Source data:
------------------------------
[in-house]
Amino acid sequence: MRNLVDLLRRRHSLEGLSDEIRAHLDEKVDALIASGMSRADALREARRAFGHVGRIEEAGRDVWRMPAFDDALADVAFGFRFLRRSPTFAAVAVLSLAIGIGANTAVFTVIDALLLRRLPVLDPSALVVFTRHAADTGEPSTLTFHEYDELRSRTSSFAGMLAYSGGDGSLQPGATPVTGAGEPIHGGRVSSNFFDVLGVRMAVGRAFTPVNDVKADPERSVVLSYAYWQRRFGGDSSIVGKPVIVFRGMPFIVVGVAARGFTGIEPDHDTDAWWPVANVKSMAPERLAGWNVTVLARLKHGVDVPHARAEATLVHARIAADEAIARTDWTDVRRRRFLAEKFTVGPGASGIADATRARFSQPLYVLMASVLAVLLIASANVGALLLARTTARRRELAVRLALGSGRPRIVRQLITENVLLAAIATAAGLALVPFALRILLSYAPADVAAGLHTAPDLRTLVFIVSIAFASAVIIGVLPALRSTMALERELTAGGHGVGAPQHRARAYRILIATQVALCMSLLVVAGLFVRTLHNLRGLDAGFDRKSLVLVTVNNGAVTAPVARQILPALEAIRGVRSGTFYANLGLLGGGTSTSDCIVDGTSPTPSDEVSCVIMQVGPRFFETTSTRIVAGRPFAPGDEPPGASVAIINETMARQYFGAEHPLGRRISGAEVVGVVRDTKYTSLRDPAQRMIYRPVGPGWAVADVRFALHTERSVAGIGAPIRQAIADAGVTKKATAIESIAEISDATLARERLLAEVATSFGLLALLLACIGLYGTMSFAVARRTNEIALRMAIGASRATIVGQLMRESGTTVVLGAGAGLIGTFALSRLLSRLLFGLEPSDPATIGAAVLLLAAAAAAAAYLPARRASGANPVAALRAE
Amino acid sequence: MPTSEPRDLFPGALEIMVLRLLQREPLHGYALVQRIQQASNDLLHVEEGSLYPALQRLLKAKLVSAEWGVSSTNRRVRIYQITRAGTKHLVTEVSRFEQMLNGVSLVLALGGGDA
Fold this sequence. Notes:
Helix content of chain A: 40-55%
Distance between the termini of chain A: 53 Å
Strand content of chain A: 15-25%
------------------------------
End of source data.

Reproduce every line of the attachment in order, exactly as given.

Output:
[in-house]
Amino acid sequence: MRNLVDLLRRRHSLEGLSDEIRAHLDEKVDALIASGMSRADALREARRAFGHVGRIEEAGRDVWRMPAFDDALADVAFGFRFLRRSPTFAAVAVLSLAIGIGANTAVFTVIDALLLRRLPVLDPSALVVFTRHAADTGEPSTLTFHEYDELRSRTSSFAGMLAYSGGDGSLQPGATPVTGAGEPIHGGRVSSNFFDVLGVRMAVGRAFTPVNDVKADPERSVVLSYAYWQRRFGGDSSIVGKPVIVFRGMPFIVVGVAARGFTGIEPDHDTDAWWPVANVKSMAPERLAGWNVTVLARLKHGVDVPHARAEATLVHARIAADEAIARTDWTDVRRRRFLAEKFTVGPGASGIADATRARFSQPLYVLMASVLAVLLIASANVGALLLARTTARRRELAVRLALGSGRPRIVRQLITENVLLAAIATAAGLALVPFALRILLSYAPADVAAGLHTAPDLRTLVFIVSIAFASAVIIGVLPALRSTMALERELTAGGHGVGAPQHRARAYRILIATQVALCMSLLVVAGLFVRTLHNLRGLDAGFDRKSLVLVTVNNGAVTAPVARQILPALEAIRGVRSGTFYANLGLLGGGTSTSDCIVDGTSPTPSDEVSCVIMQVGPRFFETTSTRIVAGRPFAPGDEPPGASVAIINETMARQYFGAEHPLGRRISGAEVVGVVRDTKYTSLRDPAQRMIYRPVGPGWAVADVRFALHTERSVAGIGAPIRQAIADAGVTKKATAIESIAEISDATLARERLLAEVATSFGLLALLLACIGLYGTMSFAVARRTNEIALRMAIGASRATIVGQLMRESGTTVVLGAGAGLIGTFALSRLLSRLLFGLEPSDPATIGAAVLLLAAAAAAAAYLPARRASGANPVAALRAE
Amino acid sequence: MPTSEPRDLFPGALEIMVLRLLQREPLHGYALVQRIQQASNDLLHVEEGSLYPALQRLLKAKLVSAEWGVSSTNRRVRIYQITRAGTKHLVTEVSRFEQMLNGVSLVLALGGGDA
Fold this sequence. Notes:
Helix content of chain A: 40-55%
Distance between the termini of chain A: 53 Å
Strand content of chain A: 15-25%